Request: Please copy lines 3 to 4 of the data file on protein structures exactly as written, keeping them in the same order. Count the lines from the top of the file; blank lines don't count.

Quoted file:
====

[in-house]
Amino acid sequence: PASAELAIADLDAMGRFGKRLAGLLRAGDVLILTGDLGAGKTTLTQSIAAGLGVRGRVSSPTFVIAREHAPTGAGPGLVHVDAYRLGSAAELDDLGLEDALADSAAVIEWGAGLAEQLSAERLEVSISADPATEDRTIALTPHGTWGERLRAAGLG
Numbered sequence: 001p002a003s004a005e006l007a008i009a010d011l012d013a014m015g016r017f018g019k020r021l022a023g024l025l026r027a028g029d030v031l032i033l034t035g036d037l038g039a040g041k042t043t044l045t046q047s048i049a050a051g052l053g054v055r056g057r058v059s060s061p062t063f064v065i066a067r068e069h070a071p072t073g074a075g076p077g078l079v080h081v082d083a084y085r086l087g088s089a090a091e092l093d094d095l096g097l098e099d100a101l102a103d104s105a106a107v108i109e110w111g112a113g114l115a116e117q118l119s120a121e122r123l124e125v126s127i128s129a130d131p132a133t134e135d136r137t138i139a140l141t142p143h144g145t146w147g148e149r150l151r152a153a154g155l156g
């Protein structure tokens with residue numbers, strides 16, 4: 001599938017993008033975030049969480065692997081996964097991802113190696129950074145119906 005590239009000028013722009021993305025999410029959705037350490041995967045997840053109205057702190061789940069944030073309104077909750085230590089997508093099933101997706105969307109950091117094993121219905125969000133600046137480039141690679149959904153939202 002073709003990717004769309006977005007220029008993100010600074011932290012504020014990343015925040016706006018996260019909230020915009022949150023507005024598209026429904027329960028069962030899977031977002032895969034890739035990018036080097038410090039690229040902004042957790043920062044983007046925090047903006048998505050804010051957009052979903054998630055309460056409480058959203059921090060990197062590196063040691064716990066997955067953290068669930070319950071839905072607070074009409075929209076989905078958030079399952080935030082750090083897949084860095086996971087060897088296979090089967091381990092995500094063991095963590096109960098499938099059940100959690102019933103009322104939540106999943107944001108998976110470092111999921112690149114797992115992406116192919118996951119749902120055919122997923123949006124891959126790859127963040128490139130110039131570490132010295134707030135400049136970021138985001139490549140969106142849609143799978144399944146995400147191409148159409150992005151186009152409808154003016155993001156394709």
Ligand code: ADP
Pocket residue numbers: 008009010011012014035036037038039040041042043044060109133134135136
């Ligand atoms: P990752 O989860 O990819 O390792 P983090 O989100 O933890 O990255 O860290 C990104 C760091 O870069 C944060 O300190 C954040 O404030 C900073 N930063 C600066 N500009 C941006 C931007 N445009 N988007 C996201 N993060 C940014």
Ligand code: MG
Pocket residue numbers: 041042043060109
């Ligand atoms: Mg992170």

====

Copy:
Numbered sequence: 001p002a003s004a005e006l007a008i009a010d011l012d013a014m015g016r017f018g019k020r021l022a023g024l025l026r027a028g029d030v031l032i033l034t035g036d037l038g039a040g041k042t043t044l045t046q047s048i049a050a051g052l053g054v055r056g057r058v059s060s061p062t063f064v065i066a067r068e069h070a071p072t073g074a075g076p077g078l079v080h081v082d083a084y085r086l087g088s089a090a091e092l093d094d095l096g097l098e099d100a101l102a103d104s105a106a107v108i109e110w111g112a113g114l115a116e117q118l119s120a121e122r123l124e125v126s127i128s129a130d131p132a133t134e135d136r137t138i139a140l141t142p143h144g145t146w147g148e149r150l151r152a153a154g155l156g
């Protein structure tokens with residue numbers, strides 16, 4: 001599938017993008033975030049969480065692997081996964097991802113190696129950074145119906 005590239009000028013722009021993305025999410029959705037350490041995967045997840053109205057702190061789940069944030073309104077909750085230590089997508093099933101997706105969307109950091117094993121219905125969000133600046137480039141690679149959904153939202 002073709003990717004769309006977005007220029008993100010600074011932290012504020014990343015925040016706006018996260019909230020915009022949150023507005024598209026429904027329960028069962030899977031977002032895969034890739035990018036080097038410090039690229040902004042957790043920062044983007046925090047903006048998505050804010051957009052979903054998630055309460056409480058959203059921090060990197062590196063040691064716990066997955067953290068669930070319950071839905072607070074009409075929209076989905078958030079399952080935030082750090083897949084860095086996971087060897088296979090089967091381990092995500094063991095963590096109960098499938099059940100959690102019933103009322104939540106999943107944001108998976110470092111999921112690149114797992115992406116192919118996951119749902120055919122997923123949006124891959126790859127963040128490139130110039131570490132010295134707030135400049136970021138985001139490549140969106142849609143799978144399944146995400147191409148159409150992005151186009152409808154003016155993001156394709």